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Stick it to ticks this summer – easy ways to avoid, remove and treat tick bites

Woman sprays bug repellant on young child while outside in a woody area.

As we kick off the summer season, there’s a lot to be excited about—sunshine, family vacations and tons of outdoor fun. But one thing to remember as your family is outside more often is to check for ticks after playing, hiking or exploring tall grass or wooded areas. 

Steering clear of tickborne illness 

Most of us associate ticks with Lyme disease, but the type of ticks that carry Lyme disease are not common in the central Midwest. Ticks are so tiny (about the size of a sesame seed) that sometimes people don’t know they’ve had a tick bite unless they develop symptoms of a tickborne disease. 

There are 3 tickborne diseases we see most often in Kansas and Missouri: 

  • Rocky Mountain spotted fever – watch for fever, headache and pinpoint or reddish rash that starts on the palms and soles of the feet. 
  • Tularemia – causes an infection in the tick bite area, so a skin sore and swollen lymph nodes are often the first signs.  
  • Ehrlichiosis – symptoms include fever, flu-like symptoms and rash on the belly or back. 

These diseases can be serious, and you may need a trip to your primary care provider if you notice any of the symptoms. But the good news is very few ticks are actually infected with a transmittable disease and removing the tick within 24 hours greatly reduces chances of an infection. So, most likely, if you do find a tick on your child, it won’t cause major harm. 

Antibiotics like doxycycline are helpful to getting your little one to feel better if they are diagnosed with a tickborne disease. However, most children don’t need to start antibiotics for a tick bite if they don’t have any symptoms of illness. 

Ways to prevent tick bites 

It’s helpful to take steps ahead of time to prevent tick exposures as well as carefully check clothes, bodies and gear when you come indoors. 

Preparing for ticks before you go outdoors: 

  • Dress to protect. Wear long pants, long sleeves, and a hat when you’re going to be in an area where ticks are common (tall grass, woods and brush). If you spend a lot of time outdoors, you can even buy clothing and gear treated with permethrin, a substance that repels ticks.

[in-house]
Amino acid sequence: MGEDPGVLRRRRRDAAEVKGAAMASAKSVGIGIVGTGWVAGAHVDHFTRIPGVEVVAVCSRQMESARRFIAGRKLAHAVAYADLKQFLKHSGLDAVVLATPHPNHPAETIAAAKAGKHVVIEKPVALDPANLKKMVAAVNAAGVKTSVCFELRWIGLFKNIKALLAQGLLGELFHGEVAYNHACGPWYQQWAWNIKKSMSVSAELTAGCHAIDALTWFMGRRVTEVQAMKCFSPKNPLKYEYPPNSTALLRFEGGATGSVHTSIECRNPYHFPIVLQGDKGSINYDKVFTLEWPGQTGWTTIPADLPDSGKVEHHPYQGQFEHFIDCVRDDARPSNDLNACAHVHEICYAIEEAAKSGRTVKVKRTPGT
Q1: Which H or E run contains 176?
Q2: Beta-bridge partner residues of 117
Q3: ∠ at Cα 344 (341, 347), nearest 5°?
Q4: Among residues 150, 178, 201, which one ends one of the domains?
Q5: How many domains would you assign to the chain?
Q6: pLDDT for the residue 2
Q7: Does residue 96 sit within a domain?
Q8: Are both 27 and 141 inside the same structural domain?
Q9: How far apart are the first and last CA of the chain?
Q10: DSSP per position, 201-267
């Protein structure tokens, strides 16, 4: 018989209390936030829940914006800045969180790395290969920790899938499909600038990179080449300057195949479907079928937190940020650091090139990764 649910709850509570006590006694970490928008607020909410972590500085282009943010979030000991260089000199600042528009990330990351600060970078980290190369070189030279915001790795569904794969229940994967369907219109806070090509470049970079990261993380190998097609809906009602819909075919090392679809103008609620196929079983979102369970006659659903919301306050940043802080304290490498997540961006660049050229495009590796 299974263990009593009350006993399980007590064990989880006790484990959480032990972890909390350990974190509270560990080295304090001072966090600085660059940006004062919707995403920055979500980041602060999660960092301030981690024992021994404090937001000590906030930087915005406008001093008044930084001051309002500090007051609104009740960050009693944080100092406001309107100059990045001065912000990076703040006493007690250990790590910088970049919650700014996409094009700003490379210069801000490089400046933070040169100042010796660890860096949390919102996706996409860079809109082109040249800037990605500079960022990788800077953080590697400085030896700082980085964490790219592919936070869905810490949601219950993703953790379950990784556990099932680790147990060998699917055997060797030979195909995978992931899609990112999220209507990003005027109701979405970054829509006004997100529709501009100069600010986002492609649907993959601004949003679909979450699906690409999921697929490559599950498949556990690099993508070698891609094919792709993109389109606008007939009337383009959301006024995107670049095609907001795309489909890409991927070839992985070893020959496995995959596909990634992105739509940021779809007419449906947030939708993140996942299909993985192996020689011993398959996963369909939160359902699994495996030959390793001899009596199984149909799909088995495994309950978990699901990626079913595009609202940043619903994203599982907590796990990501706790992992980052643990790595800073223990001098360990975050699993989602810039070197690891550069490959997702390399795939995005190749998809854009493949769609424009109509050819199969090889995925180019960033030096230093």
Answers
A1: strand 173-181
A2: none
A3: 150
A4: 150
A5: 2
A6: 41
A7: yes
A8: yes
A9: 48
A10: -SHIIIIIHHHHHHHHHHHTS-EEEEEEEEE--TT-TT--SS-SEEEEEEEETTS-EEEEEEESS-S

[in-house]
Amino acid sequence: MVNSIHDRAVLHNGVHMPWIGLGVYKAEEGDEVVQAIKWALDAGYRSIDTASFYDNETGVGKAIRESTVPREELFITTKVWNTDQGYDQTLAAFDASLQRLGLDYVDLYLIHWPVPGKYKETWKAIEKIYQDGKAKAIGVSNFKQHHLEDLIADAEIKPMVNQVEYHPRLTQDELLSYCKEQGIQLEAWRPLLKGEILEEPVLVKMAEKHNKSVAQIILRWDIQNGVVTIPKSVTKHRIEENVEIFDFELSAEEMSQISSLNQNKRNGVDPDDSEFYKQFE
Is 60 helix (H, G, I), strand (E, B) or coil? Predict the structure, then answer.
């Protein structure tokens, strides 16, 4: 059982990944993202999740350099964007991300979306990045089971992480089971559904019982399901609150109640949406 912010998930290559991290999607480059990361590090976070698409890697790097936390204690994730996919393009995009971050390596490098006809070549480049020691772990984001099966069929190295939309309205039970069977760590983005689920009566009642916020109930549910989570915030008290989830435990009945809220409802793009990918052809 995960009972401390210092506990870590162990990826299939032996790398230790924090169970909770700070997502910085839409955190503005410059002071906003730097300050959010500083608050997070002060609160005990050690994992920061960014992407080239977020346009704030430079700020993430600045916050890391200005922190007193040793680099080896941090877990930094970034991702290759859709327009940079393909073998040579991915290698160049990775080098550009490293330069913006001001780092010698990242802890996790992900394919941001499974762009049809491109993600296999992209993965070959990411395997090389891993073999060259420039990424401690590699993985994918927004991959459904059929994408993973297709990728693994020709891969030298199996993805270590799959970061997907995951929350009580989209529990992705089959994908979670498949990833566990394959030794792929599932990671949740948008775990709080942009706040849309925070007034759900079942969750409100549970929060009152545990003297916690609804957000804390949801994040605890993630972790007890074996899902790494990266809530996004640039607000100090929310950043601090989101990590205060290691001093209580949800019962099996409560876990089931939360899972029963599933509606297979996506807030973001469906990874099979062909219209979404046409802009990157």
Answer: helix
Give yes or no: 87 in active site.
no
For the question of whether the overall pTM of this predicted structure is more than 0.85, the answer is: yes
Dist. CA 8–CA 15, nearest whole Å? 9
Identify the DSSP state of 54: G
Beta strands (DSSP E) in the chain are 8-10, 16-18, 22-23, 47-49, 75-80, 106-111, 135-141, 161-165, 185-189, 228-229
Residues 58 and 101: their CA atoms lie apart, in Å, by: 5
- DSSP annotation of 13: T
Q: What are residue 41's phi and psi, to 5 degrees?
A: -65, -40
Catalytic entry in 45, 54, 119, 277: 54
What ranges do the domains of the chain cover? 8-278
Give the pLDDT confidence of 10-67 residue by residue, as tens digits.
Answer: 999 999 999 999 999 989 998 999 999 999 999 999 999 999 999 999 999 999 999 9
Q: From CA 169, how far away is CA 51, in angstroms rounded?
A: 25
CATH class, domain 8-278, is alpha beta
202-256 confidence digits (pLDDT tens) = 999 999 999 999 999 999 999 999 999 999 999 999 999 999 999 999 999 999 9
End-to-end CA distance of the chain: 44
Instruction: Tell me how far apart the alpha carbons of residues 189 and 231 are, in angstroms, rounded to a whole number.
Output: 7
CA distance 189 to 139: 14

• Spray away. Use an insect repellent like DEET wipes or spray to protect any exposed skin. According to the American Academy of Pediatrics, DEET-containing repellents are safe to use on children over 2 months old. Other options are repellents with the active ingredient picaridin, oil of lemon eucalyptus or IR3535 (double-check the label of any insect repellent to be sure it’s safe to use on your child). 
  • Mind the pets. Make sure all your pets are treated with appropriate flea and tick measures as well. 

Checking for ticks when you come indoors: 

  • Check the hiding spots. Carefully check clothes, skin, and hair for ticks. They love to hide, so make sure to look closely—a good rule of thumb is if you don’t need sunscreen on that body part, chances are, a tick will love it! 
  • Throw it in the wash. Wash clothes in hot water or tumble dry for at least 10 minutes on high heat to kill ticks on clothing. 
  • Scrub ticks away. Take a shower or bath as soon as possible after being outdoors. 
  • Check the pets. For outdoor pets, check their coat regularly for ticks that might have hitched a ride inside. 

What to do if you find a tick on your child 

Eww! There’s a tick on your kid!? What do you do now? If you find a tick on yourself or your child, don’t panic. Remember, a tick that is not attached can’t transmit disease, and ticks that have been attached less than 24 hours are unlikely to make your child sick. 

For easy tick removal, remember GPS: 

  • Grasp the tick with fine-tipped tweezers. 
  • Pull it slowly straight up and out from the skin. 
  • Soap the skin around the bite and rinse with water or clean the area with rubbing alcohol. 

Get rid of the tick by flushing it down the toilet, putting it in rubbing alcohol or placing it in a sealed bag or container. You do not need to keep the tick. And of course, always wash your hands after removing a tick. 

The CDC provides a great illustrated step-by-step guide here on how to remove ticks. 

What not to do when removing ticks: 

  • Don’t use things like nail polish, Vaseline or a hot match to try to remove a tick. It’s better to cleanly remove it as soon as possible. 
  • Don’t twist or yank while pulling the tick out—you want it all in one piece! If a piece of the tick’s mouth is still in the skin after removal, either take it out with tweezers or keep the area as clean as possible while it heals. 

While ticks can be icky, there’s no reason to let them get in the way of your outdoor adventures this summer. Enjoy the outdoors and be safe!  

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Pediatric Infectious Diseases

Division Director, Infectious Diseases; Medical Director, Center for Wellbeing; Professor of Pediatrics, University of Missouri-Kansas City School of Medicine; Clinical Assistant Professor of Pediatrics, University of Kansas School of Medicine